Magma and Lava of Mt Ruapehu


Mt Ruapehu produces eruptions of high explosivity, but they are not the biggest like the eruption that produced Lake Taupo 26,500 years ago.  However, they can be larger than those that created Rangitoto Island 600 years ago in Auckland’s Hauraki Gulf.

This is due to the composition of the magma and the amount of water contained in it.  Magmas are generated from partially melted source rocks which can include subducted oceanic crust and overlying sediments plus the lower continental crust.  Andesites, which are the most common rocks produced by Ruapehu eruptions, are differentiated products of basaltic magmas that may have become contaminated and mixed with magmas generated by partial melting of the surrounding crust.  In short, the higher the water content, the higher the explosivity of the eruption.

The fallout from eruptions is as follows:

Ash – less than 2mm diameter particles

Lapilli – 2-64mm diameter particles

Bombs – greater than 64mm diameter plastically deformed blobs of magma

Blocks – greater than 64mm diameter solid rock fragments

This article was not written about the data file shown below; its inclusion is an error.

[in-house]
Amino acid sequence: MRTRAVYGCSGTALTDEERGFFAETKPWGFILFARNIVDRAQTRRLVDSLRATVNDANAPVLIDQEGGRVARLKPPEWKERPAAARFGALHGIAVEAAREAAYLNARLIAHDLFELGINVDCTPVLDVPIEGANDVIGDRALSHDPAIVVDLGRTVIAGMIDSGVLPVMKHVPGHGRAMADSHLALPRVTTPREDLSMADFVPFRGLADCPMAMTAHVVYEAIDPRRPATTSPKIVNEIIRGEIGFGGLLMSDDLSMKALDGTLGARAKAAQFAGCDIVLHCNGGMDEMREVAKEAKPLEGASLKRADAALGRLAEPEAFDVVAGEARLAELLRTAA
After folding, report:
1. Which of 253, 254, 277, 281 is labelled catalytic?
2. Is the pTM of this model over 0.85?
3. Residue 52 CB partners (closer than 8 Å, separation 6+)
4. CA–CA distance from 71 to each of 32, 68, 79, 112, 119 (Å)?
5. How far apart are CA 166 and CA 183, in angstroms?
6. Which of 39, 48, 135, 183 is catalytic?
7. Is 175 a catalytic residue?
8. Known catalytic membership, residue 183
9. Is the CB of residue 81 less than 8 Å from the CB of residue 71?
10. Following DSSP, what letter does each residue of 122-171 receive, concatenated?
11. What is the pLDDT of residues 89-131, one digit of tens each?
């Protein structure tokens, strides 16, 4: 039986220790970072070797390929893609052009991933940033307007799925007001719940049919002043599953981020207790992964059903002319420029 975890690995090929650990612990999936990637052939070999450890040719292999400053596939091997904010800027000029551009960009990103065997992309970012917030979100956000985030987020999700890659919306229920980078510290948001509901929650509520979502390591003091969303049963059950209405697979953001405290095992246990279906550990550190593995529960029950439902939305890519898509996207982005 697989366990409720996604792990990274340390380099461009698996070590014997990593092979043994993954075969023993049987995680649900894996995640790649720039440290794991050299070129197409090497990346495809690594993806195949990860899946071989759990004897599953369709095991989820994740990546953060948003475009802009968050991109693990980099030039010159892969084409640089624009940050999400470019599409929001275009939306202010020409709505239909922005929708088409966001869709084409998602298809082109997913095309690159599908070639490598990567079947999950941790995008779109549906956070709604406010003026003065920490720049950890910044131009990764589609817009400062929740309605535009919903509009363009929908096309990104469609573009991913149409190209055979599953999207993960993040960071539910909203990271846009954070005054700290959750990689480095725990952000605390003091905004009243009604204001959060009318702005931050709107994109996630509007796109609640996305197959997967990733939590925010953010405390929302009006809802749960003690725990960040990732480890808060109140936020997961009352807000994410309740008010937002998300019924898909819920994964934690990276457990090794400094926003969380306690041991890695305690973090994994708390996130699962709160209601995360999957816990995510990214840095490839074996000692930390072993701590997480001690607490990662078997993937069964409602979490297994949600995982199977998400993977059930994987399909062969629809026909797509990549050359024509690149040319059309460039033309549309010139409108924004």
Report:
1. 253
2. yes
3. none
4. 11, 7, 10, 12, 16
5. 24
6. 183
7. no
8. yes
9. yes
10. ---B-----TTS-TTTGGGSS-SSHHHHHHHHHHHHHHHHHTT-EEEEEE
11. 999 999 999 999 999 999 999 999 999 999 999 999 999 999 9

The temperatures of these rocks at eruption are 1100 – 1250 degrees Celcius

During the 1995/96 eruptions enough ash and lapilli built up on the rim of Crater Lake to allow an increase in lake water volume.  This debris, termed tephra, is unconsolidated and allowed as much as 1000 cubic metres per day to seep out of the lake prior to the 18 March 2007 lahar.


About lilyennis

Author, artist, martial artist, flautist, and cat fanatic. I live in Thames, NZ with four beautiful orange tabbies, a seal Siamese, a cockatoo and a husband. When I'm not agonising over my writing I'm Scottish Country Dancing or visiting art galleries and art trails with friends. I have been vegan since December 2013 and am loving it!

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